Author Walter Isaacson has been a chronicler of some of the world’s greatest minds. He has written extensively about Albert Einstein, Steve Jobs, and most recently about Leonardo da Vinci. Per Isaacson, the true masterminds of this world have one characteristic that sets them apart: Relentless, unquenchable, curiosity.
Yes, curiosity may have “killed the cat,” but it is good for our brains, though a study was hardly needed to confirm this fact. Ask any Algebra student how well he or she is retaining the information received in class. Usually, it’s held only long enough for the test and then discarded. It’s not because the average student is obtuse. He or she is simply uninterested.
But those students with a spark of curiosity, who are investigators, have greater success – so do the brilliant adults they become. The unending questions, the seeking, and the incessant searching leads to the extraordinary. Back to Isaacson’s conclusions: He believes that Leonardo should not have succeeded. He was born illegitimate in a time that scorned such paternity. He was left-handed (a sign of mental disability in the middle ages). He was poor.
Likewise, Steve Jobs was a college dropout. He was fired from the company he started. He could be a colossal jerk. He rarely bathed and didn’t care for personal hygiene. And Einstein, where to begin? He didn’t know how to dress or manage money. His early teachers considered him unteachable. As an adult he was “relationship challenged,” and couldn’t stay faithful to one woman.
In all cases, others were smarter, better equipped, had better minds, greater resources, more prestigious education, and greater opportunity. But none were more curious. These men were driven to search, to wonder, to question, and to seek.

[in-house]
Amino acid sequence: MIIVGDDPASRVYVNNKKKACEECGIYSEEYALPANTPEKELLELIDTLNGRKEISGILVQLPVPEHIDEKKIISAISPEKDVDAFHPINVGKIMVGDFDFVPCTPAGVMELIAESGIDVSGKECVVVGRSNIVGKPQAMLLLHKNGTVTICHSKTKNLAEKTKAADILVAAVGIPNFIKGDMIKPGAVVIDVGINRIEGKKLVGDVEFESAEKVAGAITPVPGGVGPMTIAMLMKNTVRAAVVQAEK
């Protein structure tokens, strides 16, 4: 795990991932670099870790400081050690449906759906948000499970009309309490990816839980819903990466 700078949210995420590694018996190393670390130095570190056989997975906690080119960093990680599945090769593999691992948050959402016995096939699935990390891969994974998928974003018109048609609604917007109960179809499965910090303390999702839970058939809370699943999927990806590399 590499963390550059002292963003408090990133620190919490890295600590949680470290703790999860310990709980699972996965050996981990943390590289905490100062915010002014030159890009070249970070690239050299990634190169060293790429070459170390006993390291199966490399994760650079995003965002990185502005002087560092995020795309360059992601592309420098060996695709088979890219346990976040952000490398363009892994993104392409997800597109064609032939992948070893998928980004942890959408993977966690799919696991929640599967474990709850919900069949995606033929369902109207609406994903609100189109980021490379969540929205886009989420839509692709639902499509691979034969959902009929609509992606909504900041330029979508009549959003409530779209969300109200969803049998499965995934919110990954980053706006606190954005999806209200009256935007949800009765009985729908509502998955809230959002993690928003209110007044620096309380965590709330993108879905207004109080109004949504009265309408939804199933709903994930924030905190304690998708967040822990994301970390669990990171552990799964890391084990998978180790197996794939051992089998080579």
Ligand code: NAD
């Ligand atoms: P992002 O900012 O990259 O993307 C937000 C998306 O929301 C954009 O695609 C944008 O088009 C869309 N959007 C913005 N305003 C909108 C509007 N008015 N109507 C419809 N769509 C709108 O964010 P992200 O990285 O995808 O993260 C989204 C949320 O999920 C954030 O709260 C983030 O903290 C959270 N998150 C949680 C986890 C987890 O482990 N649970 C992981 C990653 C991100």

Faith is no different. Faith is far more satisfying for those who ask questions, even questions without clear answers; those who won’t settle for cookie-cutter responses; that don’t accept “the way it is” until they have reviewed the way it really is. They keep reaching to scratch that elusive itch within their hearts and minds.
Jesus supported such actions, inviting some of his first followers, “To come and see.” Amazingly, tragic really, those who claim Jesus’ name are not always interested in fostering healthy, inquisitive curiosity. Rather than answering questions with, “Come and see,” many robe-clad clergy respond, “Sit down and shut up.” Yet, few people begin the life of faith in a blinding flash of conversion, hearing angels and voices from heaven. Most people get started when a tiny seed is planted deep within, a seed that when given time, space, warmth, and air to breath, can grow into something remarkable.
Here are Albert Einstein’s own words: “One cannot help but be in awe when contemplating the mysteries of eternity, of life, of the marvelous structure of reality. Try to comprehend a little of this mystery every day. Never lose a holy curiosity.” Amen to that, for a faith that loses its curiosity, is hardly a faith worth keeping.
(Photo by Emily Morter)
3 thoughts on “Holy Curiosity”
This dovetails nicely with Henri Nouwen’s book “The Way Of the Heart: Connecting with God Through Prayer, Wisdom, and Silence” which is based upon the writings of the Desert Fathers and Mothers.
Awesome blog you have hhere